Perhaps the best known theme from The Carnival of the Animals is the cello solo in the penultimate movement, “The Swan.” Principal Cello Yao Zhao gave the most eloquent, almost poignant, account of this theme I have ever experienced, a compelling, intensely understated interpretation. Although the suite abounds in captivating solos and duets from nearly all of sections of the orchestra,  Zhao’s solo soared above them all.

As Otto Tausk introduced himself to the Rady Shell audience, he explained that he had decided to bring some music by a fellow Dutch countryman, so he opened his San Diego program with Joey Roukens’ 2006 work 365. In the composer’s printed program note, he likens the 365 measures of his piece to a year’s experience of contrasting adventures that eventually returns to the same calendar date. So his 365 opens and closes with a series of feathery ostinatos on celesta embellished with a touch of percussion (and unscored overhead helicopter on Friday!). 365 is most aptly described as a compact, single-movement concerto for orchestra. A haunting main theme announced by the first-chair flute and cello is expanded by low strings and then suddenly bursts forth from the full orchestra. New motifs—some jubilant, some mysterious—cycle though the orchestra until the opening ostinatos return capped by a shimmering vocalise sung on Friday by a trio of persuasive sopranos:  Katina Mitchell, Amanda Olea, and Rachel Fields.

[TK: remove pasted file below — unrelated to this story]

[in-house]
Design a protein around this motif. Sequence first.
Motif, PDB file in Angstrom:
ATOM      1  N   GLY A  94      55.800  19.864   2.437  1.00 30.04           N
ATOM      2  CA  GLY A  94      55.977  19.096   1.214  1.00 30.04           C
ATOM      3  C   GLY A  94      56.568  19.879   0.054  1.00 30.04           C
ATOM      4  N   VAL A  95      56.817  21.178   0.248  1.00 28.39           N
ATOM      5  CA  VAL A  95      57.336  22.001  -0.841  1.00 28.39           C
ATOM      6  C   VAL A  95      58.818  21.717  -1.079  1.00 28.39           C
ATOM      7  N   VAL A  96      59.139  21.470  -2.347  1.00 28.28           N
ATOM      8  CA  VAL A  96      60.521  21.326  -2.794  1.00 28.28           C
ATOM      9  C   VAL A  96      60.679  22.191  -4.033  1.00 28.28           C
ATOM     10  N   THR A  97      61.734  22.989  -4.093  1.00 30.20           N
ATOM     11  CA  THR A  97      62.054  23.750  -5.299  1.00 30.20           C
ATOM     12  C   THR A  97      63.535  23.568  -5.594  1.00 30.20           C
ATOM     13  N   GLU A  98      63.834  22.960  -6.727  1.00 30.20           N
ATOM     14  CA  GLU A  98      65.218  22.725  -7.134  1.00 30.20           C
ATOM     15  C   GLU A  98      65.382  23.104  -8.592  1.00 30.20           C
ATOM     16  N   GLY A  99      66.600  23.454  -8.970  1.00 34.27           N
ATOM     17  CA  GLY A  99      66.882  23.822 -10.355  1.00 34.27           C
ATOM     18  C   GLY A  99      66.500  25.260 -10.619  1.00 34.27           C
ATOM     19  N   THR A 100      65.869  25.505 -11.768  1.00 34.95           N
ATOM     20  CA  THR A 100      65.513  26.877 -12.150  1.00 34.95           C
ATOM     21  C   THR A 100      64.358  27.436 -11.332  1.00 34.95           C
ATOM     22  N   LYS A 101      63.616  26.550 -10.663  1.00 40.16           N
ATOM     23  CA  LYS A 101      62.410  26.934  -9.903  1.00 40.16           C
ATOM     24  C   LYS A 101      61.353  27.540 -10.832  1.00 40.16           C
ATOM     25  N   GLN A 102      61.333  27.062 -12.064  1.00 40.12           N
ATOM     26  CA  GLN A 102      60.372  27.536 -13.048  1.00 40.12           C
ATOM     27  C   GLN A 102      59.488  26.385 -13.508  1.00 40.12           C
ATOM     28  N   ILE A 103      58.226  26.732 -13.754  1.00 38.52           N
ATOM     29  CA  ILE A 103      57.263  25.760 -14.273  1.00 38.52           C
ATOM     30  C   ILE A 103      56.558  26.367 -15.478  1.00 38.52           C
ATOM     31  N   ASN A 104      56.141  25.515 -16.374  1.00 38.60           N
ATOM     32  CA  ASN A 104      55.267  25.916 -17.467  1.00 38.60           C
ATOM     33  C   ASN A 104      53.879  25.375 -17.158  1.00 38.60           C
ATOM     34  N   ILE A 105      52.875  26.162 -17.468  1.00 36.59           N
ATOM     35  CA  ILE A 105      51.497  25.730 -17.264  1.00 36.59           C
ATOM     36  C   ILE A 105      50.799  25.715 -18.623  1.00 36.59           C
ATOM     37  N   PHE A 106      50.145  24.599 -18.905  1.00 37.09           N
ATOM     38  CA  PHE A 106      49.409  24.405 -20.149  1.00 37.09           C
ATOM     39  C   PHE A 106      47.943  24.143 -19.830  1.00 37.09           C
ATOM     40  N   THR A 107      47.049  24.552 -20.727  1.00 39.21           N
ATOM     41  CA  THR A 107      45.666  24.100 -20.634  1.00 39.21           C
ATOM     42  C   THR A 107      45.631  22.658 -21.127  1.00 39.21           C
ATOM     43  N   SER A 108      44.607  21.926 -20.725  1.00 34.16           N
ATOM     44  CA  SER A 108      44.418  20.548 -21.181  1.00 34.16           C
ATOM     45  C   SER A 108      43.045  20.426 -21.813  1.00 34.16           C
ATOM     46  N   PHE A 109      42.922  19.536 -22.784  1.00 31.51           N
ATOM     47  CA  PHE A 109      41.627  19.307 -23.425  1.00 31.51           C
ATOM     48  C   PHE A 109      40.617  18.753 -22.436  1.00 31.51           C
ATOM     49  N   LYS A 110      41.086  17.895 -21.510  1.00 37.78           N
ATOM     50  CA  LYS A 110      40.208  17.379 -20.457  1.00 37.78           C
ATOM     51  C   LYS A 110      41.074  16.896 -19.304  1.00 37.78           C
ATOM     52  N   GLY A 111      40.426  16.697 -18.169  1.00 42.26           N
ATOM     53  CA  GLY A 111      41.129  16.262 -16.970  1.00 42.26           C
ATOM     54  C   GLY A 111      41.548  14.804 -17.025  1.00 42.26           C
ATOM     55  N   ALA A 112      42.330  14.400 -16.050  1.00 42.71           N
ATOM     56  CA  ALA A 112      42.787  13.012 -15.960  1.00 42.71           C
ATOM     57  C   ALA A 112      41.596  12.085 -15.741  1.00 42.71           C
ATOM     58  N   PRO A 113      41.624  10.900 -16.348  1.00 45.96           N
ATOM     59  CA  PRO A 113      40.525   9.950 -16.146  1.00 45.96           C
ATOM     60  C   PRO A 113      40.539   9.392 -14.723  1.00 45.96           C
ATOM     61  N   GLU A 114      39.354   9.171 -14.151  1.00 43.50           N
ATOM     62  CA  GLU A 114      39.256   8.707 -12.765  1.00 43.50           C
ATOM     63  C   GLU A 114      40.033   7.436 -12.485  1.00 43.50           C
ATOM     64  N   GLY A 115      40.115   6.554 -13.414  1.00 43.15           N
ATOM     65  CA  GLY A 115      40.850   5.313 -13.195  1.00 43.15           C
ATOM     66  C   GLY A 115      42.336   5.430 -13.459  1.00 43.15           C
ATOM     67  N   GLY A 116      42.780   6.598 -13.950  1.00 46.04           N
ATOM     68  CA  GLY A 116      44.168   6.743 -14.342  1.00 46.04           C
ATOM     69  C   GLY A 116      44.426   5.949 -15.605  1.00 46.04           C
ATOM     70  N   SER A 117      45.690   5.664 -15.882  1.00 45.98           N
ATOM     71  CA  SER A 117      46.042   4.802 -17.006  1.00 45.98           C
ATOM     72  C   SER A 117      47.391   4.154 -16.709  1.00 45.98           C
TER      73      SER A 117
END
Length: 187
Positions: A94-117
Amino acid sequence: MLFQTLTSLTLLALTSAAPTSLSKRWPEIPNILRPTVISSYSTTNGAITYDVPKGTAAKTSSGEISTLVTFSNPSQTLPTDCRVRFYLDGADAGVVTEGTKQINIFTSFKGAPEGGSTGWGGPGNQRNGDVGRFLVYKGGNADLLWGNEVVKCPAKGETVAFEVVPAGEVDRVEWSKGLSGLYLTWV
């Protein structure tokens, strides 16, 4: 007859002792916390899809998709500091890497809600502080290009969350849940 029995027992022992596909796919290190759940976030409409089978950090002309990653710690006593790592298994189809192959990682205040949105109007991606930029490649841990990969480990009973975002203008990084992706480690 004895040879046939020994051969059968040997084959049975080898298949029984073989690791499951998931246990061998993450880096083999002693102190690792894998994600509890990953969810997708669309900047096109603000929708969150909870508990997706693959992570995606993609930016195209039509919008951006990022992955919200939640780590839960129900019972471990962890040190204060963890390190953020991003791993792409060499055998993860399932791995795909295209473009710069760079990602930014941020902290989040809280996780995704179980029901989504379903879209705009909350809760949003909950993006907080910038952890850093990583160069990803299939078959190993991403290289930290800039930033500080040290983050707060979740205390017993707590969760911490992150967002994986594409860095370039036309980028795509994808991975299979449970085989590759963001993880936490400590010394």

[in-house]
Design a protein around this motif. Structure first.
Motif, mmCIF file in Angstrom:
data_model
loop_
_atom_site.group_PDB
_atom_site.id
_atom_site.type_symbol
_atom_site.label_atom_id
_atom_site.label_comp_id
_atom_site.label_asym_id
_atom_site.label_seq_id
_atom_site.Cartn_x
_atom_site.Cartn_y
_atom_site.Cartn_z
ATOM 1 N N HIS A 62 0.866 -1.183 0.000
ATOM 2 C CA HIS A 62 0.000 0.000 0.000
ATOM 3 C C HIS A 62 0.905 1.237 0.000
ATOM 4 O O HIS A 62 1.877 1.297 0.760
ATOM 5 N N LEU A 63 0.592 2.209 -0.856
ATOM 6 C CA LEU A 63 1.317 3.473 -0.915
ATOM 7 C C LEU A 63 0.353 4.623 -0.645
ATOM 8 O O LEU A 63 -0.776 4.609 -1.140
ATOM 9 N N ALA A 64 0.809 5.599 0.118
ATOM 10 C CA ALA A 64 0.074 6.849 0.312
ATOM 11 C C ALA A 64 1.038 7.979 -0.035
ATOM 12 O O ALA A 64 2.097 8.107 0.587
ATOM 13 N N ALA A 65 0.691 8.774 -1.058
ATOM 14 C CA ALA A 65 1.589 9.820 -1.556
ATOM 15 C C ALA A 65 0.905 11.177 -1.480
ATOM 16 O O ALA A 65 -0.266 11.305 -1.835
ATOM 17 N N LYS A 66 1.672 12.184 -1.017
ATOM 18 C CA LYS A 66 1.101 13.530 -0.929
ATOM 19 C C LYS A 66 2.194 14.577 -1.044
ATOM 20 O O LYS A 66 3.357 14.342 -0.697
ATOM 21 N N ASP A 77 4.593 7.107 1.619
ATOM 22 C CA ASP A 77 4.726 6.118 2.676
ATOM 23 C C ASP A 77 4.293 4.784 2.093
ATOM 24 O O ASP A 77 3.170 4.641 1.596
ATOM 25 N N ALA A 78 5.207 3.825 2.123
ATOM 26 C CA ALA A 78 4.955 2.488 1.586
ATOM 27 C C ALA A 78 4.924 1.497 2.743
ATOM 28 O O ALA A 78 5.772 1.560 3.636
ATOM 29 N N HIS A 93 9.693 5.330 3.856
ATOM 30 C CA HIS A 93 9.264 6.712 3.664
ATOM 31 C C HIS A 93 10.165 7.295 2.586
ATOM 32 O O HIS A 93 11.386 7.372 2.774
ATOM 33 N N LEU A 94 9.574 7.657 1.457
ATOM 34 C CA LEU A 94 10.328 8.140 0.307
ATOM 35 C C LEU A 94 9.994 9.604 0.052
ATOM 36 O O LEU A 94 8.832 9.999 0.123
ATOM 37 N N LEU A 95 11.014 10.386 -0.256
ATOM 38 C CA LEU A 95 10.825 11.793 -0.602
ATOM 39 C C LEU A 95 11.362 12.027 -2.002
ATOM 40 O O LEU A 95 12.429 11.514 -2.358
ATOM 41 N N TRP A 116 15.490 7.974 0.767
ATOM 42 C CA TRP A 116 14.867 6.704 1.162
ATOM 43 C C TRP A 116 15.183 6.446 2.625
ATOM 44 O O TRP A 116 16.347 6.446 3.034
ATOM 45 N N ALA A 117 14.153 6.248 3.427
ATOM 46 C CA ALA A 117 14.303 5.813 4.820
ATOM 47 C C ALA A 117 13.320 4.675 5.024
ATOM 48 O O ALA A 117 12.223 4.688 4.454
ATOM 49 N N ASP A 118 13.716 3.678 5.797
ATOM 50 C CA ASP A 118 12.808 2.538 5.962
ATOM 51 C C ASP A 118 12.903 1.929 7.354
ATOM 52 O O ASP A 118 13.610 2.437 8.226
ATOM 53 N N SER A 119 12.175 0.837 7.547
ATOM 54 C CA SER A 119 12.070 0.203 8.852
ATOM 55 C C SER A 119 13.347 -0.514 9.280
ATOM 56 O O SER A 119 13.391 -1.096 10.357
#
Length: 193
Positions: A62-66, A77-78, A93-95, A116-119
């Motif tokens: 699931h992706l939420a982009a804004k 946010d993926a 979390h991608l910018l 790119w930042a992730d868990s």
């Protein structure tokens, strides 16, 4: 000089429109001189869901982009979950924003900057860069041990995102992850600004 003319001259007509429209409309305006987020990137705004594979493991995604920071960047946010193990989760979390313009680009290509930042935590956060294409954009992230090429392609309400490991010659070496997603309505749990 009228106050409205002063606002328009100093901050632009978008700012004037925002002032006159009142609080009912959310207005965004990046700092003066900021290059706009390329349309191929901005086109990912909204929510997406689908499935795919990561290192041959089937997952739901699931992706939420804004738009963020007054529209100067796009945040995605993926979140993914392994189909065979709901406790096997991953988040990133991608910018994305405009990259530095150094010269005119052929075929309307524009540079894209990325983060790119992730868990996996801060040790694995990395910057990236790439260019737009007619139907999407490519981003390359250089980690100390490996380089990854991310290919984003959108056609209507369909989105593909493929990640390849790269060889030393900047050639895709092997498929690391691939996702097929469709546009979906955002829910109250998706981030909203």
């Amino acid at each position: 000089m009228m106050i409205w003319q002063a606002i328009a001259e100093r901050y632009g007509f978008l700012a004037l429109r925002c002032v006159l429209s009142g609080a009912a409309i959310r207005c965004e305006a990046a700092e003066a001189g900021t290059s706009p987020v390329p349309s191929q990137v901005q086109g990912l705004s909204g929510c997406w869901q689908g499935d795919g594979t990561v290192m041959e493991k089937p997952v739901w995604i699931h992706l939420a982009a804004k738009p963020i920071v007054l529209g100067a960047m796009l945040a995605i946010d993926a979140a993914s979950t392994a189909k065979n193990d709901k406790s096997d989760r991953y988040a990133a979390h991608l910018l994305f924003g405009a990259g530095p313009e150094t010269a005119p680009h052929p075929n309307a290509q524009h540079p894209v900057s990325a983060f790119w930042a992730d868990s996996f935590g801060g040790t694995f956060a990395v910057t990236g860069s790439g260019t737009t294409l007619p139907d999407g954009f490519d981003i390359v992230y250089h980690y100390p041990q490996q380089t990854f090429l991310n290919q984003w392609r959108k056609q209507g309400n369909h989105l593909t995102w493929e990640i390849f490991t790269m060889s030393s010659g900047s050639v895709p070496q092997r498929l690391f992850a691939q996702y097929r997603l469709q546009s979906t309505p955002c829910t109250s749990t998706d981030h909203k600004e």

In lieu of a symphony, Tausk focused the opening half of his program on Tchaikovsky’s Suite from  Swan Lake, Op. 20a. Tausk presided over a spirited yet copiously well-defined account of these scenes and national dances that make up the suite. Although the composer intended to make an orchestral suite of his highly successful ballet, he never got around to accomplishing that task. Fortunately, various skilled hands took up arranging upon the composer’s demise, and because Tchaikovsky’s music is so evocative, even for symphony audiences who have but a slight notion of the ballet’s story, the suite’s engaging drama is handily communicated. Principal Oboe Sarah Skuster’s suave opening theme solo proved only the first of many compelling solos from the orchestra’s wind players, especially in the third movement, “The Dance of the Swans.” In the following scene, the “Pas d’action,” Concertmaster Jeff  Thayer’s gorgeous solo was complemented with equal allure by Principal Harp Jule Smith Phillips and Principal Cello Yao Shao. The clarinet section gave the “Czardas” its requisite exuberance and vivid color, while Principal Trumpet Christopher Smith charmed with his buoyant flugelhorn solo in the “Neapolitan Dance.”

Lang Lang’s encore was “Ritual Fire dance” by Manuel de Falla.

This concert was presented by the San Diego Symphony on Friday, April 12, 2024, at The Rady Shell at Jacobs Park on San Diego Bay. 


  1. Glenn Bourque on April 17, 2024 at 12:18 pm

    I enjoyed Lang Lang’s performance of Saint Saens concerto tremendously. Every note had meaning, nuance and as a whole exhibited an exuberance I never previously associated with this work.